Scientists produce, manipulate and analyze vast quantities data, often on a daily basis. Contemporary spreadsheet software programs such as Microsoft Excel and Google Spreadsheets streamline these processes, enabling scientists to sift through staggering amounts of data accurately and efficiently. Training students how to access information stored in databases, as well as how to manipulate and analyze it efficiently via spreadsheet software should be part of every secondary science classroom.
While spreadsheets are an excellent way to record data, their true advantage over pen-and-paper data tables is the ease with which the data can be manipulated. Rarely do scientists use data “as is.” Data is often converted into different units, mathematically combined with other data or inserted into mathematical equations. Doing this by hand is both time-consuming and error-prone. Instead, contemporary scientists write formulas for the mathematical operations they want to apply to the data and perform hundreds, even thousands of calculations instantaneously as entire columns of data are manipulated at once. This YouTube video shows how this is done.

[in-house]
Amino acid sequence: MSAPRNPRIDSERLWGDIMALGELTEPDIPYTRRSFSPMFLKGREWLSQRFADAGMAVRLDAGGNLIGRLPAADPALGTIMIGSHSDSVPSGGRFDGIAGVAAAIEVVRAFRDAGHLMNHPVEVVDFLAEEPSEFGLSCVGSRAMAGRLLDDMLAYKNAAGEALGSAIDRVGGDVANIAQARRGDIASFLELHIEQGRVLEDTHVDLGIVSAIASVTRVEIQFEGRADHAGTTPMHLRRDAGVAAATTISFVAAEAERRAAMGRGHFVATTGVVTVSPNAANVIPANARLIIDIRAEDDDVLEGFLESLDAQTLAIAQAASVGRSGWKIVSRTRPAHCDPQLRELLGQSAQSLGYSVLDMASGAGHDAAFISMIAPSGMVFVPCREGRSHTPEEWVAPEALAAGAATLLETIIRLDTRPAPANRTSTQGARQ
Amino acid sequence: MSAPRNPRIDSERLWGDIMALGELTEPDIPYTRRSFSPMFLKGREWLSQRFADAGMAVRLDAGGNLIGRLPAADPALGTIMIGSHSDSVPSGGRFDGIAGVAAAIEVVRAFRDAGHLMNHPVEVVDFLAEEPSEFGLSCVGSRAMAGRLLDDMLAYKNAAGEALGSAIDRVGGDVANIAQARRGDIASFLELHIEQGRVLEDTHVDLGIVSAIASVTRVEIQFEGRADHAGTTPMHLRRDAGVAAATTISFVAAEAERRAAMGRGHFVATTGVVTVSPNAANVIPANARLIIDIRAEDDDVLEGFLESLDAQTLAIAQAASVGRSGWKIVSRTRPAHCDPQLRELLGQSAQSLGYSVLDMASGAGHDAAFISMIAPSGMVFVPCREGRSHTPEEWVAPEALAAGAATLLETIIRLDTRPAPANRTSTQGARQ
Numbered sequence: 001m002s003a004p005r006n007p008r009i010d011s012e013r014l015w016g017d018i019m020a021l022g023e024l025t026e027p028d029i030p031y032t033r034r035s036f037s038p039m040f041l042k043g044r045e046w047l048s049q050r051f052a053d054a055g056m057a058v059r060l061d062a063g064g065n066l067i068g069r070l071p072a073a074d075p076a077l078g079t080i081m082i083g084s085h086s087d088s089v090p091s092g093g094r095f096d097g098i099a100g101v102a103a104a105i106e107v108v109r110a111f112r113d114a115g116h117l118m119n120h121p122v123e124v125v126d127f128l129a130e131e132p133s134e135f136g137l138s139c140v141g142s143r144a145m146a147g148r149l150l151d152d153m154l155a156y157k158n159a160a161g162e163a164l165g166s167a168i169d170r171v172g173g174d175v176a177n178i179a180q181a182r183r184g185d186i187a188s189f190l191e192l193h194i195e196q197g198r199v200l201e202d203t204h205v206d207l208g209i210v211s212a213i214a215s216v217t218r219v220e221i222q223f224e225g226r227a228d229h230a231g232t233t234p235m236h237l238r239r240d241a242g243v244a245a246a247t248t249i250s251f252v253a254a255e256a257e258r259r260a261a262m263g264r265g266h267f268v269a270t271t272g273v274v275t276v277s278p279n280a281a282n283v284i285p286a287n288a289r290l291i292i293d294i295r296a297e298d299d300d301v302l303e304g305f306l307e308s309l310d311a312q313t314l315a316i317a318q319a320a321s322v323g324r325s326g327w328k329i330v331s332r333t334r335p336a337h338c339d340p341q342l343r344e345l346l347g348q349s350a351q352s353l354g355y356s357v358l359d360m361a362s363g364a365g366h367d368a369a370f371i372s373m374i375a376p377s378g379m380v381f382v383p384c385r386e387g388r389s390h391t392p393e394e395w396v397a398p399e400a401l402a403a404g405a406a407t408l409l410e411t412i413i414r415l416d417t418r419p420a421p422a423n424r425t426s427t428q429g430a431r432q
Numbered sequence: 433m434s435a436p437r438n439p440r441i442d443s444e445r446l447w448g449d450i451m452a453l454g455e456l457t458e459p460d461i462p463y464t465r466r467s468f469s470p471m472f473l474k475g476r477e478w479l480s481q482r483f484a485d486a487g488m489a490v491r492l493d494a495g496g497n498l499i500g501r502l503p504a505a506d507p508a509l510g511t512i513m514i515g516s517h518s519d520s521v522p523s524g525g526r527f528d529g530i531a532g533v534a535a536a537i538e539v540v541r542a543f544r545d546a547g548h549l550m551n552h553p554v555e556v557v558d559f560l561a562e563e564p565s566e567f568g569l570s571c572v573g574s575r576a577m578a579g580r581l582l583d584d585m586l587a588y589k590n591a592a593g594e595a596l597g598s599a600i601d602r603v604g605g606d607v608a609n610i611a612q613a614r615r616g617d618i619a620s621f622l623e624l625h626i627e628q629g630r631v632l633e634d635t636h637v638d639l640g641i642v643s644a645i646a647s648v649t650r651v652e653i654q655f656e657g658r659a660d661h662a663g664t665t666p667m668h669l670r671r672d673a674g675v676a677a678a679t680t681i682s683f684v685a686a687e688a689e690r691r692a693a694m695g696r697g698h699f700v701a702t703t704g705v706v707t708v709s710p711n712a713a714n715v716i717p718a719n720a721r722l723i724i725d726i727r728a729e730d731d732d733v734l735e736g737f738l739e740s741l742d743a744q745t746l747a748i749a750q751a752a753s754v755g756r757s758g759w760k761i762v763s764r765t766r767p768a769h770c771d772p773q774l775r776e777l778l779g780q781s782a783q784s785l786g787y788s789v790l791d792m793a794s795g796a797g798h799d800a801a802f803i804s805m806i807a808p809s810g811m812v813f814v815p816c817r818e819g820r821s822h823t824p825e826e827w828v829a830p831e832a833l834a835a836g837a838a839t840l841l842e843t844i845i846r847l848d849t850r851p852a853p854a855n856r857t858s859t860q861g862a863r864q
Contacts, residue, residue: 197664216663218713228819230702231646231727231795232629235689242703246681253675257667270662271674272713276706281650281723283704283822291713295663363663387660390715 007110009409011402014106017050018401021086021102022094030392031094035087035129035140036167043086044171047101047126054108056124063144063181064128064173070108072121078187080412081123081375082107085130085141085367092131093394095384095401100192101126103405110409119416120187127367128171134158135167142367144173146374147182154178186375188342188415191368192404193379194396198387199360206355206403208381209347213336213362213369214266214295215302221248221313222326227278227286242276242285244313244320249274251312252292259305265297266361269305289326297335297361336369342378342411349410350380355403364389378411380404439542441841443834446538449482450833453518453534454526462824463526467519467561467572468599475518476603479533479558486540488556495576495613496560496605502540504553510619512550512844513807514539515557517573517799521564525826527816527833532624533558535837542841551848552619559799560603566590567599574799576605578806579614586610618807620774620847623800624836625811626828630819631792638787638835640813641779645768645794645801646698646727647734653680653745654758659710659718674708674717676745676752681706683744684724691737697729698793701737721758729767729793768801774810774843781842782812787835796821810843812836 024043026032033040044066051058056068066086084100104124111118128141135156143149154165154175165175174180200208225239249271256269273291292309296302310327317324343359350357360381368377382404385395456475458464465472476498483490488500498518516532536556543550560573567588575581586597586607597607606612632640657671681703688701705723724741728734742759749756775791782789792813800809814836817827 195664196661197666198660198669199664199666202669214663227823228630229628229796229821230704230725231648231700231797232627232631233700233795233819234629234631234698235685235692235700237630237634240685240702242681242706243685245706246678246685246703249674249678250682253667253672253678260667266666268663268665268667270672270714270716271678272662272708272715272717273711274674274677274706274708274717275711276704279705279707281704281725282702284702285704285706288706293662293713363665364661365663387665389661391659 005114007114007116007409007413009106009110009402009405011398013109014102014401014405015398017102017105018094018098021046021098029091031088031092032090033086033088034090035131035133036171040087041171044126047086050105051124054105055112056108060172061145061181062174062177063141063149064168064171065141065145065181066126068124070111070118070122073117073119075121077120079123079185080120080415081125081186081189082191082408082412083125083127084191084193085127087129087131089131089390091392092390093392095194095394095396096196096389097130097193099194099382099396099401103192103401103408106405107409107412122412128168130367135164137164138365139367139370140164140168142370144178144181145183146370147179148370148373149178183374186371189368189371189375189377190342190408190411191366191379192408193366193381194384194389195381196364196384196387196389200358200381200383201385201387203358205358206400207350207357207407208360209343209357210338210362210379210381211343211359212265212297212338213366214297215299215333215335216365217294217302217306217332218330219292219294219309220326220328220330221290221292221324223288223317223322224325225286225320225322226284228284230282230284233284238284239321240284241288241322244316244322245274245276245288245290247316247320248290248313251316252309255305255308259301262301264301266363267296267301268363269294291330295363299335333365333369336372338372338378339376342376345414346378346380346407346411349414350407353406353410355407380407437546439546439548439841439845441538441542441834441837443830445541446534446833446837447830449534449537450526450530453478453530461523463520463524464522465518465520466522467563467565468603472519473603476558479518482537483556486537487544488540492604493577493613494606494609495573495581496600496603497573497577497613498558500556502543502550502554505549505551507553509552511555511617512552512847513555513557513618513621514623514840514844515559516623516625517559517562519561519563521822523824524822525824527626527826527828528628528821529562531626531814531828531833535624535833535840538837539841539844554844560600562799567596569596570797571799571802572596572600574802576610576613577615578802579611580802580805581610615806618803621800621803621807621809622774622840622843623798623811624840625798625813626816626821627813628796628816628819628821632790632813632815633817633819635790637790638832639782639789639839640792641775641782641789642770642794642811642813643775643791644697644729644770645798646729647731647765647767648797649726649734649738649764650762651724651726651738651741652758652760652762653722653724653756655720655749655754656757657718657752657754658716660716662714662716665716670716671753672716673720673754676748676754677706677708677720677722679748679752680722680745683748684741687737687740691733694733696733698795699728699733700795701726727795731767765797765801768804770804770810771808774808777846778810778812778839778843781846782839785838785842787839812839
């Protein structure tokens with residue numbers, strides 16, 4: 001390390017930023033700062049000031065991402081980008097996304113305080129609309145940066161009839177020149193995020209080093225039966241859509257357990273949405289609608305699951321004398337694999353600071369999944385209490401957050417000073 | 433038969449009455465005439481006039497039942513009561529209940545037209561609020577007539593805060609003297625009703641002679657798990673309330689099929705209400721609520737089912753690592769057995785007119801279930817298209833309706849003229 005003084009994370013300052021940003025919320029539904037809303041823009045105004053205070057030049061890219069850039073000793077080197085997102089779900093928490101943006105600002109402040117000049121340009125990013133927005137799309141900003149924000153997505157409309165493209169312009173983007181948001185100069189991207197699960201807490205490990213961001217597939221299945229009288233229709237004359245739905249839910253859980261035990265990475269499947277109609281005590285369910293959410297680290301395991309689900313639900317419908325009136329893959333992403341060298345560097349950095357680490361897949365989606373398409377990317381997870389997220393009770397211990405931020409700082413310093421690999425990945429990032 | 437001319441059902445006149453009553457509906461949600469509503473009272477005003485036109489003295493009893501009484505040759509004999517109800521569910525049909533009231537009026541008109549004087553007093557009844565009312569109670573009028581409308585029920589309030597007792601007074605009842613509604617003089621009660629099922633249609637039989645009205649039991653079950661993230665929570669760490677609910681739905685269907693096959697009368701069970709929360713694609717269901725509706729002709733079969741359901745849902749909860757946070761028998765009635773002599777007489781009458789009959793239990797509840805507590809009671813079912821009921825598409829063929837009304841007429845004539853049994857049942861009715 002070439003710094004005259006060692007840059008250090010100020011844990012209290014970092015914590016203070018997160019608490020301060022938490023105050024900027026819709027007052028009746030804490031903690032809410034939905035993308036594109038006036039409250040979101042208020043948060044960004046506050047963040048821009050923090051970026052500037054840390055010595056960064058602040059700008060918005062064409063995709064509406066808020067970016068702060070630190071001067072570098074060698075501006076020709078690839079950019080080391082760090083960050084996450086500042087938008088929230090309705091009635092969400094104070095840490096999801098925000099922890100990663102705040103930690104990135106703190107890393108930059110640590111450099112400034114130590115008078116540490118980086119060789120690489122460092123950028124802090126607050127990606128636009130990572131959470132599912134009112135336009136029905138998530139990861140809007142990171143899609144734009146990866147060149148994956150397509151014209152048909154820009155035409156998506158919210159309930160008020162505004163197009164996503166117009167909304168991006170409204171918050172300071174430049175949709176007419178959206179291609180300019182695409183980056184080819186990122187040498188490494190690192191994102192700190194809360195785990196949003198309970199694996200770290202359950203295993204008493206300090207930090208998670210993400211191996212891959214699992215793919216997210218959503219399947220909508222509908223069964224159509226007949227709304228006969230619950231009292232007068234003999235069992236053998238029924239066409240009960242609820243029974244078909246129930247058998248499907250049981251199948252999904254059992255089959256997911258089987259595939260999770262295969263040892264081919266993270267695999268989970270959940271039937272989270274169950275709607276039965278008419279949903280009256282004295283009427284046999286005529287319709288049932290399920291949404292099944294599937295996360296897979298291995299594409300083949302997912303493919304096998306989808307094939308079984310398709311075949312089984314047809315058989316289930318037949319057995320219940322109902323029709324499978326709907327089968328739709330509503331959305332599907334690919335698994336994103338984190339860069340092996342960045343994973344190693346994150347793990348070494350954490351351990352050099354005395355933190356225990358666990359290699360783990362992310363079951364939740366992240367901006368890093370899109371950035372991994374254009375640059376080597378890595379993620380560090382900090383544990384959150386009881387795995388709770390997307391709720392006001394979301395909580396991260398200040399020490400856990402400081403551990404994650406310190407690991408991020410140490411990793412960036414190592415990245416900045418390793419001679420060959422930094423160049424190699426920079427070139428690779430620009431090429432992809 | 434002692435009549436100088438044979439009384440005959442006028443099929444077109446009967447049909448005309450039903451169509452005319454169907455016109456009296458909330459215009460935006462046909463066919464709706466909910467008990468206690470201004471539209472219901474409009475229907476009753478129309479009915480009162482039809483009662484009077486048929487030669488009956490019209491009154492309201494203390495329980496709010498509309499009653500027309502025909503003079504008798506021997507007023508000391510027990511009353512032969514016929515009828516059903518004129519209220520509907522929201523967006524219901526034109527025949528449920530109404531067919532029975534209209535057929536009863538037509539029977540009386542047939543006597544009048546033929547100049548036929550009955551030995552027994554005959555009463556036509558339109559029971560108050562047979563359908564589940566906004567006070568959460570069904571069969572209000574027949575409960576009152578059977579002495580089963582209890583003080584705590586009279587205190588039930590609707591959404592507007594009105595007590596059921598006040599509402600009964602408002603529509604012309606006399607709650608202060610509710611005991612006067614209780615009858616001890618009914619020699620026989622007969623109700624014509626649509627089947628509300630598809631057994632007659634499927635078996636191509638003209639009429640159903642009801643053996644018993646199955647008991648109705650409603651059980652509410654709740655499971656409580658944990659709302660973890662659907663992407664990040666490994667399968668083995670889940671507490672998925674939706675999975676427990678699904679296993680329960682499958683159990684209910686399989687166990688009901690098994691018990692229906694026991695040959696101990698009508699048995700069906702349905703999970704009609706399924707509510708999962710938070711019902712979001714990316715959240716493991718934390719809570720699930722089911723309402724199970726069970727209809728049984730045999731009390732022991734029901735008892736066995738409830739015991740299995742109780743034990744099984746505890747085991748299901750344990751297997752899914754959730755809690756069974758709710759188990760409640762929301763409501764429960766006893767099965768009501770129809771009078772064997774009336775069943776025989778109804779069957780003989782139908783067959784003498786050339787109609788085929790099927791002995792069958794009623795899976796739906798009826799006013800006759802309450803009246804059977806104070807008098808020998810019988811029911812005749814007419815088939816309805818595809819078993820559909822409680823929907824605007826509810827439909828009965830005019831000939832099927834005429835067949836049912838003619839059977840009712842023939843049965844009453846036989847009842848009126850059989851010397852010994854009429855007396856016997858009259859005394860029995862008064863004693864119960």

A second major advantage of recording data in spreadsheets is the ability to visualize trends and patterns by graphing the data. It’s notoriously difficult to identify what, if any, trend a data set is following when it’s displayed only in tabular form. Spreadsheet software allows the user to easily graph the data in a variety of forms: pie chart, bar graph, line graph, scatter plot, etc. This YouTube video demonstrates not only how to transform tabular data into graphical form, but also how to add a trend line.
A third major advantage conferred by spreadsheet software is the ability to create interactive activities or simulations that do not require an Internet connection. An excellent example of this are the “Chemical Excelets” produced by Prince George’s Community College. In the “DNA and Thermal Denaturation” excelet (see below) students observe how changing the composition of the DNA double-helix affects its denaturation temperature, allowing them to explore the connection between Hydrogen bonding and DNA integrity:
This site provides free, downloadable interactive spreadsheets that allow students to explore a variety of activities related to atomic structure, properties and chemical reactivity. Teachers interested in developing their own interactive “Excelets” can learn how to do so here.